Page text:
Behavior-Based Sustainability: Reducing Paper Use in an Academic Setting
GREG J. CLOONAN (Furman University), Jeanine Plowman Stratton (Furman University)
Abstract: Forests are being destroyed at an unsustainable pace. Every year the United States uses 4 million tons of copy paper (, and universities are some of the largest consumers in the country. In their sustainability efforts, most academic institutions recycle and use post-consumer paper, but could they be doing more? This study examines the application of behavior analysis for the purpose of decreasing excessive paper use in secondary education, focusing on paper used for printing. The project was conducted in a multiple baseline design across two academic and one administrative department on a University campus. Baseline data of daily copy paper use was taken before a multiple phase intervention was implemented. The intervention included an initial phase with suggestion of alternatives to excessive printing followed by a phase of graphic feedback of weekly paper use. Unique visual representation of trees was used to illustrate the depletion of natural resources consumed by the department due to printing. Data are still being collected for the academic semester. Implications for reduction in consumption of natural resources, impact of behavior change for reduced consumption, and cost benefits analyses will be discussed.
The use of visual prompts and graphic feedback to decrease printer use and increase paper recycling in academic departments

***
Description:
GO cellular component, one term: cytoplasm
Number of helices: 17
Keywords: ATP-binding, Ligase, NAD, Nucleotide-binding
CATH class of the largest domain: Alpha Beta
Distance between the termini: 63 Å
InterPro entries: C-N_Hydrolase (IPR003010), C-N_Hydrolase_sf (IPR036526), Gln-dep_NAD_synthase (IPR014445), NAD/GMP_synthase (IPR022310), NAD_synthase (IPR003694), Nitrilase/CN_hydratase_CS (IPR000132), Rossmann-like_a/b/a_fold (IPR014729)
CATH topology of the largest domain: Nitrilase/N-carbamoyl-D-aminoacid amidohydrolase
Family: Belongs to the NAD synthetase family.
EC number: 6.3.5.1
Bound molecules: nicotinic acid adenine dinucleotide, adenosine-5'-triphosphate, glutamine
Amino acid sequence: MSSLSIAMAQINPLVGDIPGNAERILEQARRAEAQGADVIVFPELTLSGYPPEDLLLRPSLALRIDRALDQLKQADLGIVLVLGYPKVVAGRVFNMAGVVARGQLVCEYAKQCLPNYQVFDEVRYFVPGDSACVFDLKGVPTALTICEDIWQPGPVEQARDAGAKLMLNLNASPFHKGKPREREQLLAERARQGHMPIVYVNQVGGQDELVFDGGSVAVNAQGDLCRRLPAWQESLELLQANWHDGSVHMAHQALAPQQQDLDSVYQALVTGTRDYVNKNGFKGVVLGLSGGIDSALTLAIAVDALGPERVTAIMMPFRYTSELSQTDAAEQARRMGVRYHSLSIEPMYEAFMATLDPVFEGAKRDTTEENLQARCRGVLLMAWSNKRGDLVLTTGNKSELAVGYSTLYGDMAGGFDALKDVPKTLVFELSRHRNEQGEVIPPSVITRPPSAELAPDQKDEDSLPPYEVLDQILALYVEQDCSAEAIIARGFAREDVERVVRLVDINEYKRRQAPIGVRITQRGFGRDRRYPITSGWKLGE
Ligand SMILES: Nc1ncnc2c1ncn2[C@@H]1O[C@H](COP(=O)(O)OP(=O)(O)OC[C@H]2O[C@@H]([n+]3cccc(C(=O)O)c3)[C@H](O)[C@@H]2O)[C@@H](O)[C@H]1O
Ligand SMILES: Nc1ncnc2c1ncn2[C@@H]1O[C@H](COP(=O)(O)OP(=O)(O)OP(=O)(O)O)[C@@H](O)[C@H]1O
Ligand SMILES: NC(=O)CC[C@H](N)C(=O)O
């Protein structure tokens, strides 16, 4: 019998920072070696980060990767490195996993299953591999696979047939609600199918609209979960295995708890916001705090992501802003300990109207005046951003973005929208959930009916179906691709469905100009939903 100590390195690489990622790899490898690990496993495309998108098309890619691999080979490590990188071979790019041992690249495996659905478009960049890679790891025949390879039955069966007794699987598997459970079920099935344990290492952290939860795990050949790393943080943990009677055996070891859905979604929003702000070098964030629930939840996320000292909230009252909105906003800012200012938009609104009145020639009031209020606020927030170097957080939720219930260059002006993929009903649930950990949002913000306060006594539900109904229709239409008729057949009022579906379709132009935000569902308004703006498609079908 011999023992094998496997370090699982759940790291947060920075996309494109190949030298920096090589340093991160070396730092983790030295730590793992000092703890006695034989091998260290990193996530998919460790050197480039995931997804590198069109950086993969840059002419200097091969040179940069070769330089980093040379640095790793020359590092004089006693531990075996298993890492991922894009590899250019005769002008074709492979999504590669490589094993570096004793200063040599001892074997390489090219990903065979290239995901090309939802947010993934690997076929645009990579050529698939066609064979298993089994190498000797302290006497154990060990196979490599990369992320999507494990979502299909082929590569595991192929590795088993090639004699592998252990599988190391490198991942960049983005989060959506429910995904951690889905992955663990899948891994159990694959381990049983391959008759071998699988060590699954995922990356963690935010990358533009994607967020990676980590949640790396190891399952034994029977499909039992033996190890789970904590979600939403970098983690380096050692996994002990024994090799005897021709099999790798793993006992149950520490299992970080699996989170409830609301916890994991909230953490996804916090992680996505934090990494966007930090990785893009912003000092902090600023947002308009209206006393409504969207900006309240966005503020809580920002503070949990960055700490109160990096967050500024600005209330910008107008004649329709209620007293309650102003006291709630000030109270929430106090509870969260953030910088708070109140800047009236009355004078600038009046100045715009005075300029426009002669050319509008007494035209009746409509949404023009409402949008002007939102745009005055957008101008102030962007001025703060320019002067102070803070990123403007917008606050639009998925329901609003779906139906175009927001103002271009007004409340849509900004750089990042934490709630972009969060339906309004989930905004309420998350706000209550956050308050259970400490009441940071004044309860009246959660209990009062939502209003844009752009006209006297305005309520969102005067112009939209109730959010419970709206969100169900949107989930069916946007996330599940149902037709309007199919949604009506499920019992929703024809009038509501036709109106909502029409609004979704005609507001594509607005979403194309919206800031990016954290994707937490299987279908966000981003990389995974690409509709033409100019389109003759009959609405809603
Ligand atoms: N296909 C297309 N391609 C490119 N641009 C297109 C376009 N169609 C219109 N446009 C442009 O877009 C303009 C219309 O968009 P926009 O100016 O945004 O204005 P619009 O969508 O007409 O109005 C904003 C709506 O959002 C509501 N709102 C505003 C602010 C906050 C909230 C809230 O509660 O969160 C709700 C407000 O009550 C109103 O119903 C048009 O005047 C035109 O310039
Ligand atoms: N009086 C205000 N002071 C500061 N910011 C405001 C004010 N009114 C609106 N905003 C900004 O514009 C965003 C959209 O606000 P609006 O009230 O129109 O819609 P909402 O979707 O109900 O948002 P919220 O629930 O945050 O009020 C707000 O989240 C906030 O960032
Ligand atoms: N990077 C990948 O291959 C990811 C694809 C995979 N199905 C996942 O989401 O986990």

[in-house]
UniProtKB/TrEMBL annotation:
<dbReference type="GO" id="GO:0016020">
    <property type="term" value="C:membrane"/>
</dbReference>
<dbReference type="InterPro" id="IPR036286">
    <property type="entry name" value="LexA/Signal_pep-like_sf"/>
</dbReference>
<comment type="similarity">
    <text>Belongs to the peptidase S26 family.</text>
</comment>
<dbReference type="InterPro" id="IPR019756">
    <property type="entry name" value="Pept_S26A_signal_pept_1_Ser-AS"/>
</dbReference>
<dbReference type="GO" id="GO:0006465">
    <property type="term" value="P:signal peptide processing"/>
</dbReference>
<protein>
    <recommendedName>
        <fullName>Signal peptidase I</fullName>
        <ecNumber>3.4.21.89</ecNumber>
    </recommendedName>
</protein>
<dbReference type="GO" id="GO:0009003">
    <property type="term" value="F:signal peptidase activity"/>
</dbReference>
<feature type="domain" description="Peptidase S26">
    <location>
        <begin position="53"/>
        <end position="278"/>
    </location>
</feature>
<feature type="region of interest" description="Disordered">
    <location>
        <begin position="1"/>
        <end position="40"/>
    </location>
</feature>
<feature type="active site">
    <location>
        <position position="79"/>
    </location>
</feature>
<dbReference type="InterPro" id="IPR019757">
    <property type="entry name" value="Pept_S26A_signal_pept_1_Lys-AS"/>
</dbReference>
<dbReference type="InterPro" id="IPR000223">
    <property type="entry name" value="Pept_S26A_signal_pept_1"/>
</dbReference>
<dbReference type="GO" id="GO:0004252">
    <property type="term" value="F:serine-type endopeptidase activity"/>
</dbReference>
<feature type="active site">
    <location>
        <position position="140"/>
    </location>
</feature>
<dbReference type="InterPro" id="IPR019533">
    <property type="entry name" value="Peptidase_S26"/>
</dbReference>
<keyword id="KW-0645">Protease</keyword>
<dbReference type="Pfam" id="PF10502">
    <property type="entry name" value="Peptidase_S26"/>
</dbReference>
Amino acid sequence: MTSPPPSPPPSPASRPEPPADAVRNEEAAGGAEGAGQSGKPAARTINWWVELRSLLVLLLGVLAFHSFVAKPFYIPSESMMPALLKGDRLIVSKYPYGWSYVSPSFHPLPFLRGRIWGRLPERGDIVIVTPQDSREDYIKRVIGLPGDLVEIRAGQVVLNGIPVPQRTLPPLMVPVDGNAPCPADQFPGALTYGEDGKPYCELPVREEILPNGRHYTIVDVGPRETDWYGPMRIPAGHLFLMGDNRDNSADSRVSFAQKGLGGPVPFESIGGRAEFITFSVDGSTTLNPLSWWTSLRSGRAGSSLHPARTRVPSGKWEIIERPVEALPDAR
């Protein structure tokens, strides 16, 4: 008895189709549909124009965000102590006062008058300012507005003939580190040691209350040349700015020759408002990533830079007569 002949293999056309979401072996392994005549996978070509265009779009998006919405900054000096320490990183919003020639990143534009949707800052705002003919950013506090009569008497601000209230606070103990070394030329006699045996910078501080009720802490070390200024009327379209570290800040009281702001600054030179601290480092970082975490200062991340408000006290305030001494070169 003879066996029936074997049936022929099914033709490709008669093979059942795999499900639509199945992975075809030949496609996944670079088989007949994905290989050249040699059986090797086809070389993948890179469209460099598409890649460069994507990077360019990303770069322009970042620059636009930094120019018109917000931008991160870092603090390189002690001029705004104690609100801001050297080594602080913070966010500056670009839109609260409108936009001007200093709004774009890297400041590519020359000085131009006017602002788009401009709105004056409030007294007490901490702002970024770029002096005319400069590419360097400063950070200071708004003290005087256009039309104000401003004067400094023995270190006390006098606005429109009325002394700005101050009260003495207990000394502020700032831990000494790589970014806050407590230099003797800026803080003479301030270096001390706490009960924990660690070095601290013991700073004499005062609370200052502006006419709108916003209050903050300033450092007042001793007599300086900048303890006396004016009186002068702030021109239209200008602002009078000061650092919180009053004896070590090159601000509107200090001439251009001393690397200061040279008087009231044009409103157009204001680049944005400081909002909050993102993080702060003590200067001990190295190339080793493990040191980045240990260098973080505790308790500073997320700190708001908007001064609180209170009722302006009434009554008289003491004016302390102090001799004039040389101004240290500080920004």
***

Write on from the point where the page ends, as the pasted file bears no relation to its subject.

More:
DANIEL A. DAWSON (Youngstown State University), Michael C. Clayton (Youngstown State University)
Abstract: Printer use is an overlooked and resource intensive activity in both business and education. The current study used a multiple baseline design to decrease the amount of paper used in three college departments and increase the amount of paper recycled in both. The first intervention used a plain sign to inform faculty and staff of the average costs, in terms of paper and toner used, of the items printed most, as well as a reminder to conserve paper and recycle. The second intervention used a more elaborate sign, consisting of a popular culture icon delivering the reminder and graphical feedback of the number of trees saved if the previous week’s decrease were to continue for the remainder of the year. An additional intervention for two of the departments was the addition of a recycle bin in a more accessible area. The interventions were effective for increasing conservation and sustainability, and are discussed in terms of increasing responsible use of finite resources on college campuses.